Useful substances: magnesium, zinc, beta-carotene, vitamins C, PP, E.

If you mix grated carrots with raisins, nuts and vegetable oil, you get a megavitamin mix. Owners of a juicer can pamper themselves with a bright vegetable drink.

Useful substances: calcium, potassium, B vitamins.

Another versatile product from which even steaks are made. Availability all year round will also be included in the advantages.

  • Bell pepper

Useful substances: fiber, folic acid, vitamins C and A.

For those who like crunching – fresh pepper is just that. Heat treatment makes its texture and taste more delicate.

By the way, in the company with VolkoMolko hummus, vegetables are great.

For all the benefits of these products, it is worth remembering the measure. An excess of vitamins and minerals is no better than a deficiency. Listen to your body, watch what and how much you eat, so that food is for the good of your health.

90,000 Science: Science and Technology: Lenta.ru

Russian scientists have assessed the shortcomings of vegetarian and vegan diets. It turned out that people who prefer food of plant origin may be deficient in iodine and selenium due to the fact that their content in foods varies greatly depending on the region. Potential harm from avoiding meat is revealed in an article published in the journal Trace Elements in Medicine.

As the researchers write, although the intake of potassium and magnesium in vegans and vegetarians (do not eat meat and fish) is higher than in the rest, a plant-based diet contributes to calcium deficiency due to poor absorption of the element in the presence of substances such as oxalic and phytic acid …Also, due to phytic acid, vegans are often deficient in zinc.

Materials on the topic

00:11 – January 10

11:26 – August 12, 2020

As for the provision of the body with essential micro- and ultramicroelements (iodine, selenium, cobalt, molybdenum, chromium), others play a role here factors. So, the main sources of iodine are seafood, including seaweed, in which the content of the element varies significantly. Iodized salt is often used to compensate for iodine deficiency.A number of scientific papers point to iodine deficiency in vegans compared to vegetarians and omnivores, but 91 percent of the latter are also iodine deficient. Other studies show that this element is lacking in vegans and vegetarians.

The content of selenium in food depends on geochemical conditions, that is, on the presence of selenium available for plants in the soil. For vegetarians and vegans in Europe, the selenium supply reaches 79.5 percent of that of omnivores.The difference becomes especially noticeable in regions that are deficient in selenium. However, it is not yet clear if this could affect health.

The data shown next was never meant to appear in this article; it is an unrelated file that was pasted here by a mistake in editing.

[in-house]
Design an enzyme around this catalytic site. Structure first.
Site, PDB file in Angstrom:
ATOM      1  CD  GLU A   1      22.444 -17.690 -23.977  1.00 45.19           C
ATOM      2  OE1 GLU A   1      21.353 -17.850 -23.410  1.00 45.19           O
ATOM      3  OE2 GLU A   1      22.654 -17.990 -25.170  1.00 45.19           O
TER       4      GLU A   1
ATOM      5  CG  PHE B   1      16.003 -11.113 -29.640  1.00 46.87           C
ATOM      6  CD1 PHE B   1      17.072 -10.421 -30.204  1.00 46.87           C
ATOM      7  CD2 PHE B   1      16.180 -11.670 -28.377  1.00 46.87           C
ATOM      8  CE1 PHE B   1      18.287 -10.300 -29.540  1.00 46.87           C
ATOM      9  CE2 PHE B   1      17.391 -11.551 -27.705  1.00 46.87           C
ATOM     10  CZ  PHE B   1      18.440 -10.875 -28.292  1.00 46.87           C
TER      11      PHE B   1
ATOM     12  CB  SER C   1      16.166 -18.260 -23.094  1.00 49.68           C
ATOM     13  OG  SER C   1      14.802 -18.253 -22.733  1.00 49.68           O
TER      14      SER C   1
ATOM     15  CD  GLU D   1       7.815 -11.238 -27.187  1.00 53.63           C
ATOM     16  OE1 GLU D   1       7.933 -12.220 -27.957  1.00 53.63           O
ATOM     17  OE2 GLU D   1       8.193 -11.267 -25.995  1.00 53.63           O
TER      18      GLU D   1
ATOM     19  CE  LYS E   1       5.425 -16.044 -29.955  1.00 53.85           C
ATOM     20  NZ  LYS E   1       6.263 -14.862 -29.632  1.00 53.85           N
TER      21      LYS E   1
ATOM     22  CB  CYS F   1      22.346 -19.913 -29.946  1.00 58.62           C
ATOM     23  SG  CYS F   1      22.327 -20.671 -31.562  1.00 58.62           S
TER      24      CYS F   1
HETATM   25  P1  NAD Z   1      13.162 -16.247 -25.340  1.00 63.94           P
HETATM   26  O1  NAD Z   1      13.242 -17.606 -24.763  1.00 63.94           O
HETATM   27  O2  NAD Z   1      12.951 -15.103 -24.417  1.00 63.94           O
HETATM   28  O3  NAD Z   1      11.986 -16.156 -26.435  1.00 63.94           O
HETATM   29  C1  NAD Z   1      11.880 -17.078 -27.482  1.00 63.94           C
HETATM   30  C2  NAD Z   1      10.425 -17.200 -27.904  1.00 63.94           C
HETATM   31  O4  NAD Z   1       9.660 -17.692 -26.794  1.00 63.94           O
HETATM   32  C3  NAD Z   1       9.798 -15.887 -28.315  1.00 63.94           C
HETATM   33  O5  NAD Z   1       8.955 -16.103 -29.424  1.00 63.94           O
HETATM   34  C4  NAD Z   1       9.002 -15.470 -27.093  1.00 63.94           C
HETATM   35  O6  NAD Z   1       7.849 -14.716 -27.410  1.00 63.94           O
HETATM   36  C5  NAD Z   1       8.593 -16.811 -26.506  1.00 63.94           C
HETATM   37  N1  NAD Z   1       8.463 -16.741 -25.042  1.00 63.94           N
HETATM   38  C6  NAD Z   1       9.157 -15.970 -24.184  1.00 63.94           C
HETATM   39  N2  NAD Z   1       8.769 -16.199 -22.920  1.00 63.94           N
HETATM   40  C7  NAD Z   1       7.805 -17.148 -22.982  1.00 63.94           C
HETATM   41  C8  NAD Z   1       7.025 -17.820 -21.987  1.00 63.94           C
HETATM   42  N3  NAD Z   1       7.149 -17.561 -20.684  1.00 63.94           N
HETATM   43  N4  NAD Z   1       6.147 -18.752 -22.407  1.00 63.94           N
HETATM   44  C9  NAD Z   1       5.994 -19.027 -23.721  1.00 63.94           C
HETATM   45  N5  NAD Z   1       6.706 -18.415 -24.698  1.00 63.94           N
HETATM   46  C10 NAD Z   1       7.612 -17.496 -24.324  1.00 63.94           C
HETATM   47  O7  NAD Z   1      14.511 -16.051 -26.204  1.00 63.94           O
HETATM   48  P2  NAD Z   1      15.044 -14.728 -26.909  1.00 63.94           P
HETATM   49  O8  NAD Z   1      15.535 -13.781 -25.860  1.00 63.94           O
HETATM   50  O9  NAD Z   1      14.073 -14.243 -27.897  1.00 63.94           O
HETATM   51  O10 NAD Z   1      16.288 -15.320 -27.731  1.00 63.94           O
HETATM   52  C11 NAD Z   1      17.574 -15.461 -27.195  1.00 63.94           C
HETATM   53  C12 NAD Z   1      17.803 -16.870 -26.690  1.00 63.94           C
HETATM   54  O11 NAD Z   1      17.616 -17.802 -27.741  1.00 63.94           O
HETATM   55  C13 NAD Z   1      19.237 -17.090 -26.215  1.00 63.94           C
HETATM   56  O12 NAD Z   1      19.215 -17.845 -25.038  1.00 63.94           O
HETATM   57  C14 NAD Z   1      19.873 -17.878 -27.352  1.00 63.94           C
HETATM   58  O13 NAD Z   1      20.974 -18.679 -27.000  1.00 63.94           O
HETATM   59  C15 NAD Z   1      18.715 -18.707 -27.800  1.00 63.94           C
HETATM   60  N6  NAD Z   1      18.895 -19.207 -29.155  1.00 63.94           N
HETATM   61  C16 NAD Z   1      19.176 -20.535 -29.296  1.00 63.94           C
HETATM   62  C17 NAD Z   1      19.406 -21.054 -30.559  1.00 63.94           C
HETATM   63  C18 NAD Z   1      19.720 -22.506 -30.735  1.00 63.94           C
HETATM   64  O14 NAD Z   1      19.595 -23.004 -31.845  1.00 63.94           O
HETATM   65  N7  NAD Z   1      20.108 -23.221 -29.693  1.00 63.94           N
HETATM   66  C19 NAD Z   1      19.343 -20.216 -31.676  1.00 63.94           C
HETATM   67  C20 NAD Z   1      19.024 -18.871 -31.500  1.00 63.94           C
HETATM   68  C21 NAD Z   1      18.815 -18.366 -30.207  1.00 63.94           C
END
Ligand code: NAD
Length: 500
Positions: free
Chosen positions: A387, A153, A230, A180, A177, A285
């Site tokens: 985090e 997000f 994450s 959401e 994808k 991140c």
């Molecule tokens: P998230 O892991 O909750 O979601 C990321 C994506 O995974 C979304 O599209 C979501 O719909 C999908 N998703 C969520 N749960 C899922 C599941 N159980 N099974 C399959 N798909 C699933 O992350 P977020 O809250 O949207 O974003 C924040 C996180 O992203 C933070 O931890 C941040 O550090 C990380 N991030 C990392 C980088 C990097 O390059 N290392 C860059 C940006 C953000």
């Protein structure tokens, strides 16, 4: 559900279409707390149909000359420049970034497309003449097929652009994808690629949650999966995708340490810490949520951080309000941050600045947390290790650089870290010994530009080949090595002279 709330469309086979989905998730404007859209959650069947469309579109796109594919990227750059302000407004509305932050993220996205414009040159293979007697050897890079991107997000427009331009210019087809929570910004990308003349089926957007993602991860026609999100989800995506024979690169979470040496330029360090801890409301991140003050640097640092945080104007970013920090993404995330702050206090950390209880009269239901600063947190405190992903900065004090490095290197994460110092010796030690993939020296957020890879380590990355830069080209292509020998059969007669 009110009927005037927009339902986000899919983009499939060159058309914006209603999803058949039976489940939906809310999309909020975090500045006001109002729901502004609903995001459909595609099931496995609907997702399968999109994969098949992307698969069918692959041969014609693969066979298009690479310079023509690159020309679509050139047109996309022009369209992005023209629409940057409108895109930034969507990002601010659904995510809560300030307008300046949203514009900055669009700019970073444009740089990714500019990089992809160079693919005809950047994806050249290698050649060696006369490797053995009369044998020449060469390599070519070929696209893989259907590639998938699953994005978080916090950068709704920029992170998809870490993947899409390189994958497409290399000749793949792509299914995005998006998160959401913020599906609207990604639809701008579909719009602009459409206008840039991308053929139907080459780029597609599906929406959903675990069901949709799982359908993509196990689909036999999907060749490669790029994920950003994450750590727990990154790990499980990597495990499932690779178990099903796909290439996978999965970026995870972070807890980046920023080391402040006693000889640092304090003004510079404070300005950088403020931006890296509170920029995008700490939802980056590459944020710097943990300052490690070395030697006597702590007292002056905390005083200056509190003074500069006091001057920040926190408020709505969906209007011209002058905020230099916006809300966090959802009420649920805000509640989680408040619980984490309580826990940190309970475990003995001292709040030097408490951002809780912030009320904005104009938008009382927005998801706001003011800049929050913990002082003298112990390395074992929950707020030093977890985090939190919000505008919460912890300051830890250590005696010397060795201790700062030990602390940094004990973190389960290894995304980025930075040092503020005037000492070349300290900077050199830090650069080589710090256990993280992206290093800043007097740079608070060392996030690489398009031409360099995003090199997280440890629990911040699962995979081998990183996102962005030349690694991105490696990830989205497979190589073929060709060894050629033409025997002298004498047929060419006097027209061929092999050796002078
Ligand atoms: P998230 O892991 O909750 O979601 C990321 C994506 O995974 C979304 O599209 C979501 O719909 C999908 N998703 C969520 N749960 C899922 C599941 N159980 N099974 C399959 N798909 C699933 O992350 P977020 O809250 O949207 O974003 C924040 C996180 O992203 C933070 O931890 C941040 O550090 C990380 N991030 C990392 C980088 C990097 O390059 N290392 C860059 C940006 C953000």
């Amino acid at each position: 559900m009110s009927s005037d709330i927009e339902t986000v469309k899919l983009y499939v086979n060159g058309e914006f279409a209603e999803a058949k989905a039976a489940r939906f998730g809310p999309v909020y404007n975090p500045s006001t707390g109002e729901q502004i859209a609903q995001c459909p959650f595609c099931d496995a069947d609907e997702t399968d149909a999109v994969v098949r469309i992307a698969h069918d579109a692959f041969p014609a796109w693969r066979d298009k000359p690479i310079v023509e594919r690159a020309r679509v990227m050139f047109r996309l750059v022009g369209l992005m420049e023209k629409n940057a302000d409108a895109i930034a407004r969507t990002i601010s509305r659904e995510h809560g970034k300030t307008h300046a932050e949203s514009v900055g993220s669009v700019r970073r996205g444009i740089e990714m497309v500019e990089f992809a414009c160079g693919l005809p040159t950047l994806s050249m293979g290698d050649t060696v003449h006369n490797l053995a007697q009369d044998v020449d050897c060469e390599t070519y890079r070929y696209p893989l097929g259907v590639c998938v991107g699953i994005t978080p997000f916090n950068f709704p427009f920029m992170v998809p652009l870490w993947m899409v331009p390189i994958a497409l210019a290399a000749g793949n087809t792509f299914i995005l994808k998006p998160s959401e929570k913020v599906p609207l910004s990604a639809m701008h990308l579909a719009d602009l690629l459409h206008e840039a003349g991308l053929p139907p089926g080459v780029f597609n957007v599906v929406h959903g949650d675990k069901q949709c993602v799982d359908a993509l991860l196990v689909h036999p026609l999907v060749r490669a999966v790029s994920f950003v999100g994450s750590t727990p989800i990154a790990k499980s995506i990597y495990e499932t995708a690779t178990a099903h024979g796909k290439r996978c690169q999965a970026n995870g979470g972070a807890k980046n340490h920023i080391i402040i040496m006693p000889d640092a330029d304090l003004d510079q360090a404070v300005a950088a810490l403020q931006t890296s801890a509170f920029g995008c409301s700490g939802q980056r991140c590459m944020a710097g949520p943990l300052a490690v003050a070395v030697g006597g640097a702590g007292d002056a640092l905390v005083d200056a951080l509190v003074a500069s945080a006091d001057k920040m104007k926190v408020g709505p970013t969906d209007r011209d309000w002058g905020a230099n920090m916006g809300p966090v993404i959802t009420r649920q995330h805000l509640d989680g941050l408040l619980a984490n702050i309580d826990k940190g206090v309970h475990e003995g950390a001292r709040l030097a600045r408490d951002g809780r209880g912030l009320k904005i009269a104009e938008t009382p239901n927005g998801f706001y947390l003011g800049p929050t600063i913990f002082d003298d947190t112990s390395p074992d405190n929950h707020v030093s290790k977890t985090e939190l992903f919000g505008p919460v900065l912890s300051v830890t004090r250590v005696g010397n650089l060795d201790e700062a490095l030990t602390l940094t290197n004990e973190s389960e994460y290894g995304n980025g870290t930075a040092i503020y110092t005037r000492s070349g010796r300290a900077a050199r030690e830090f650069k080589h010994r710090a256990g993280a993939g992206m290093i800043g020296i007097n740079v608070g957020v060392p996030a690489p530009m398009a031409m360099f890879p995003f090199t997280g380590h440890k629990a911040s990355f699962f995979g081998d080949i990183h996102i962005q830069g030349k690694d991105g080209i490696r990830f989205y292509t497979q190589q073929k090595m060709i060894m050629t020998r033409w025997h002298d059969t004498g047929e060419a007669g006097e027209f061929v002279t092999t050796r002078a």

Vegetarians and vegans do not have an increased risk of chromium deficiency, and there is currently insufficient data on cobalt and molybdenum to judge their status in humans.

Lack of iodine and selenium affects many metabolic processes in the human body and can lead to various chronic diseases.

Fast delivery of news – in the “Feed of the day” in Telegram

90,000 According to the researchers, although the intake of potassium and magnesium among vegans and…: triru – LiveJournal

Russian scientists have assessed the disadvantages of vegetarian and vegan diets. It turned out that people who prefer food of plant origin may be deficient in iodine and selenium due to the fact that their content in foods varies greatly depending on the region. The potential harm from avoiding meat is revealed in an article published in the journal Trace Elements in Medicine.

As the researchers write, although the intake of potassium and magnesium in vegans and vegetarians (do not eat meat and fish) is higher than in the rest, a plant-based diet contributes to calcium deficiency due to poor absorption of the element in the presence of substances such as oxalic and phytic acid . ..Also, due to phytic acid, vegans are often deficient in zinc.

As for the provision of the body with essential micro- and ultramicroelements (iodine, selenium, cobalt, molybdenum, chromium), other factors play a role here. So, the main sources of iodine are seafood, including seaweed, in which the content of the element varies significantly. Iodized salt is often used to compensate for iodine deficiency. A number of scientific papers point to iodine deficiency in vegans compared to vegetarians and omnivores, but 91% of the latter are also iodine deficient.Other studies show that this element is lacking in vegans and vegetarians.